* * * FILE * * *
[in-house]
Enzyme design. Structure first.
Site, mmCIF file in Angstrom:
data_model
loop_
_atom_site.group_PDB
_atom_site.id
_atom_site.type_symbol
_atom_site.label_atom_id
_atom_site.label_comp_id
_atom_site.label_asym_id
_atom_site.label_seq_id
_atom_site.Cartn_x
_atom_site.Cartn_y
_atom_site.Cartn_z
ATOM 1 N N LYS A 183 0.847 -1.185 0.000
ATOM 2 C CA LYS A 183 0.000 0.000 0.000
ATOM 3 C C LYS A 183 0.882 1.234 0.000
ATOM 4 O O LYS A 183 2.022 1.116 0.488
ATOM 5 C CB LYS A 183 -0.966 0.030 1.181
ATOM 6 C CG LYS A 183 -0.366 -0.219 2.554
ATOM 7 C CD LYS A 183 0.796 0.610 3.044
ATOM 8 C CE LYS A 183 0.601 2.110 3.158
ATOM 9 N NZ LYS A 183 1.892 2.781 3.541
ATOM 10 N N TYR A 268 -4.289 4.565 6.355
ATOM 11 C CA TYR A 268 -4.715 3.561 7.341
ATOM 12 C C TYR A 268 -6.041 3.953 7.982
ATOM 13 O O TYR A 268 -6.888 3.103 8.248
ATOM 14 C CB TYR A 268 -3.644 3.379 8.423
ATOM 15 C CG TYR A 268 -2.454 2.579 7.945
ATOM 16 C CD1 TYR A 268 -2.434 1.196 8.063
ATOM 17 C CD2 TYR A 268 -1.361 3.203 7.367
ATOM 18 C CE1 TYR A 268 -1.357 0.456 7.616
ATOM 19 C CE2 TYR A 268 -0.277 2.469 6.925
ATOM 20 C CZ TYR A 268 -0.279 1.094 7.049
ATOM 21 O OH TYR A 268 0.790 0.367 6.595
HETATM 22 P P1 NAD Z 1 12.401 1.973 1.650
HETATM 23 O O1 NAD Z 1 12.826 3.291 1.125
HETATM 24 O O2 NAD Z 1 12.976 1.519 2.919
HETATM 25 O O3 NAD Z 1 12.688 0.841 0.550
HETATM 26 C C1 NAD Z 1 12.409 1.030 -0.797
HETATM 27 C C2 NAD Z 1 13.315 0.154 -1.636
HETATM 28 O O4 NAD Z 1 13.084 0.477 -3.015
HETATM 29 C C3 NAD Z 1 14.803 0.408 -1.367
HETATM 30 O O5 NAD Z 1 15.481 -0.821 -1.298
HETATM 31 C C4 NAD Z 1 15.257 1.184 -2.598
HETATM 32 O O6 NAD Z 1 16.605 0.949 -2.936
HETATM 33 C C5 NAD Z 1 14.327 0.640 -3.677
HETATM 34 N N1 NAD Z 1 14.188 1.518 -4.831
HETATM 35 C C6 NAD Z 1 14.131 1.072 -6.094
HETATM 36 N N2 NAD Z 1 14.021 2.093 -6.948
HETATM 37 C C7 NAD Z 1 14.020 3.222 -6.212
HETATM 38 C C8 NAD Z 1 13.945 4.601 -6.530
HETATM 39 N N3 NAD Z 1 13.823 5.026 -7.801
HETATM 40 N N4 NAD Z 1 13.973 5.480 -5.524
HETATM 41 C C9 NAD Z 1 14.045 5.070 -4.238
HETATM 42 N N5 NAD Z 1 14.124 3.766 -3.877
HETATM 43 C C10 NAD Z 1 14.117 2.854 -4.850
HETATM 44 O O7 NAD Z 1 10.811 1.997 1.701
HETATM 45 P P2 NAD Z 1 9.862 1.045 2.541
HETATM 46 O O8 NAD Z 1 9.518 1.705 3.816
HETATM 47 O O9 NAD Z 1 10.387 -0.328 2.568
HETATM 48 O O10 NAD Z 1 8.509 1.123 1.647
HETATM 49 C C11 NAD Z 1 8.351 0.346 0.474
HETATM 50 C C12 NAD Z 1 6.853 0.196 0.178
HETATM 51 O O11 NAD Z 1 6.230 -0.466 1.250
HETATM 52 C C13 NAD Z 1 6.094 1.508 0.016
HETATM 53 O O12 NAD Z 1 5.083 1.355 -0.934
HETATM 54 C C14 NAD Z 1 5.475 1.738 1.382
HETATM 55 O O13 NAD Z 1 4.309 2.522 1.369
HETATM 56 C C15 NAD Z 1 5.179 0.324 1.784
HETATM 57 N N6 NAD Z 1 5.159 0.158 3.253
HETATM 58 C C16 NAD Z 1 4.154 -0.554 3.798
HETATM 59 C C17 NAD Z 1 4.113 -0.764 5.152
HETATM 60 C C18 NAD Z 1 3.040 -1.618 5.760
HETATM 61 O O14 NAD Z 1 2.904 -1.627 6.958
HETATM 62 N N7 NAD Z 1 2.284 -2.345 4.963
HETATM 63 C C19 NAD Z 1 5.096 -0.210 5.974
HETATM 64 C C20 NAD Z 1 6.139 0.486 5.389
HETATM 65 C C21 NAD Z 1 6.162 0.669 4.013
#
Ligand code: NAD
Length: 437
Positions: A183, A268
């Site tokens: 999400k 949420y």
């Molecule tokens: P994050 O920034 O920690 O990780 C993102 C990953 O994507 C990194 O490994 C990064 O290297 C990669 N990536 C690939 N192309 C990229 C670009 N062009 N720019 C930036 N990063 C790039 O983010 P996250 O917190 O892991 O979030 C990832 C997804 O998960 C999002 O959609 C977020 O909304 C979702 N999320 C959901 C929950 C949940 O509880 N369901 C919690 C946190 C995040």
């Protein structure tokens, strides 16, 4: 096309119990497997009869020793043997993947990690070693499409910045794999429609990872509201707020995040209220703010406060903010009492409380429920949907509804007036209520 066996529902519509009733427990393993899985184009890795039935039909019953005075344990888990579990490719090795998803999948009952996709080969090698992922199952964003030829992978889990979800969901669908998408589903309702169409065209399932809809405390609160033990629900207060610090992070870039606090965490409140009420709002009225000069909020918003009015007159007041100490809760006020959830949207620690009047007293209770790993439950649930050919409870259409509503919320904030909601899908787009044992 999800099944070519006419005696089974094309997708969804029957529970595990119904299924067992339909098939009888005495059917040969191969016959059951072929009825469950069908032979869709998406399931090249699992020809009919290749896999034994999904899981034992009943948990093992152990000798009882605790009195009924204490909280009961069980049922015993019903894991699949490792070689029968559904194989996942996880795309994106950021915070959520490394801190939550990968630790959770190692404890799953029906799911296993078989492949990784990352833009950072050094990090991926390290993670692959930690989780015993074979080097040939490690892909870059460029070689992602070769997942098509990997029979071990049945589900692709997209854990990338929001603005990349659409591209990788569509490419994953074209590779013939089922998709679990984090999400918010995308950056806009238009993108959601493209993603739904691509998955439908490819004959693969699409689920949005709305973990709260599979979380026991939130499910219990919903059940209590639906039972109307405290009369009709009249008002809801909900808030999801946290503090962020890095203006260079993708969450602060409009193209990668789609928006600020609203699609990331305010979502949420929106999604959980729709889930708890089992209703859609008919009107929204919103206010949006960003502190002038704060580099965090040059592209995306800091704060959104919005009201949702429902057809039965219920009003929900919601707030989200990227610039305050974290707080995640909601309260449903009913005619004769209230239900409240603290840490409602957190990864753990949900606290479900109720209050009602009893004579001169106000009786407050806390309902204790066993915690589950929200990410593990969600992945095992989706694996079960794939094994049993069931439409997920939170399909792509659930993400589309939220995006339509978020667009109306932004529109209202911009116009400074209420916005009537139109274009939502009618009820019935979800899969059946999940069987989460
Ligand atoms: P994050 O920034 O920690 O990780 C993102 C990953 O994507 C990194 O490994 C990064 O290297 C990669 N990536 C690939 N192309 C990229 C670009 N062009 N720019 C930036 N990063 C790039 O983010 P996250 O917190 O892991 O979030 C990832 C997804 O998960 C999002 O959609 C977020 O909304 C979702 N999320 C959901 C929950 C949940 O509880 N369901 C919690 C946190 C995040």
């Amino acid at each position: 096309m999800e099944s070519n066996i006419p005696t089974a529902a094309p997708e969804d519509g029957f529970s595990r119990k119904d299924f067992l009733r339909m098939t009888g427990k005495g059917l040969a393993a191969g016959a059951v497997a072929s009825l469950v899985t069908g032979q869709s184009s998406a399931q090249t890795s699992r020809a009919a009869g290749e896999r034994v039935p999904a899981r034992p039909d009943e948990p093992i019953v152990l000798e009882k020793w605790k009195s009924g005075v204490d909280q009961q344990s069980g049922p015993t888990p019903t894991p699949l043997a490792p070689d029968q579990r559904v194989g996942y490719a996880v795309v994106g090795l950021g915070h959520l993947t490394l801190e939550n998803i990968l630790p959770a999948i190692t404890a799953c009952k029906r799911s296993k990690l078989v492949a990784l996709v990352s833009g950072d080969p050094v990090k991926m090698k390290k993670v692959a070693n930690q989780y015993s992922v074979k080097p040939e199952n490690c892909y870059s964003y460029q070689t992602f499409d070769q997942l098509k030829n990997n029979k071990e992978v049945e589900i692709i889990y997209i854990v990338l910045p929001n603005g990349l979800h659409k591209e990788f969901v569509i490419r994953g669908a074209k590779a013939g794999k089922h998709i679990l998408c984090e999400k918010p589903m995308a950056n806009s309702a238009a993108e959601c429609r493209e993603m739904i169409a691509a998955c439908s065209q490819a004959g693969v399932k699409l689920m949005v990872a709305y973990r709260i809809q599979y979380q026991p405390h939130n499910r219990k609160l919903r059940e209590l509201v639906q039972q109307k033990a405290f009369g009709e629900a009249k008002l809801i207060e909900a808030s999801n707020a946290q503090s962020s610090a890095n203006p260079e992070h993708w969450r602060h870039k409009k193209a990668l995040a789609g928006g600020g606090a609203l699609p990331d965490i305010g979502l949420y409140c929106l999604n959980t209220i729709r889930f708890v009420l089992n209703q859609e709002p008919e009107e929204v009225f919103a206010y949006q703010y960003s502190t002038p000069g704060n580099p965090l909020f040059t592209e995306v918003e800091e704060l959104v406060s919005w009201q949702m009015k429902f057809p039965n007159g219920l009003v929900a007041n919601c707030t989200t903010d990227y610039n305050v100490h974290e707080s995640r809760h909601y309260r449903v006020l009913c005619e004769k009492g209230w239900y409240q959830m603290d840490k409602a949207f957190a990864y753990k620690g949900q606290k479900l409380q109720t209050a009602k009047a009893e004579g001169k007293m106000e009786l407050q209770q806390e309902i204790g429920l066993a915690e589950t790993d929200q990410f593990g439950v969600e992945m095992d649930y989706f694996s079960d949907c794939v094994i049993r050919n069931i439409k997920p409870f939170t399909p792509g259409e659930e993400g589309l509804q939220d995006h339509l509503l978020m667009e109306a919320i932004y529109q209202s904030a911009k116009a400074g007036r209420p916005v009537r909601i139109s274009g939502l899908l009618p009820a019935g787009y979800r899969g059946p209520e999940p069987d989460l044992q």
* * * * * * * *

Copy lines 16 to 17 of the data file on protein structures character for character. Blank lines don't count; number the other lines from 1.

ATOM 1 N N LYS A 183 0.847 -1.185 0.000
ATOM 2 C CA LYS A 183 0.000 0.000 0.000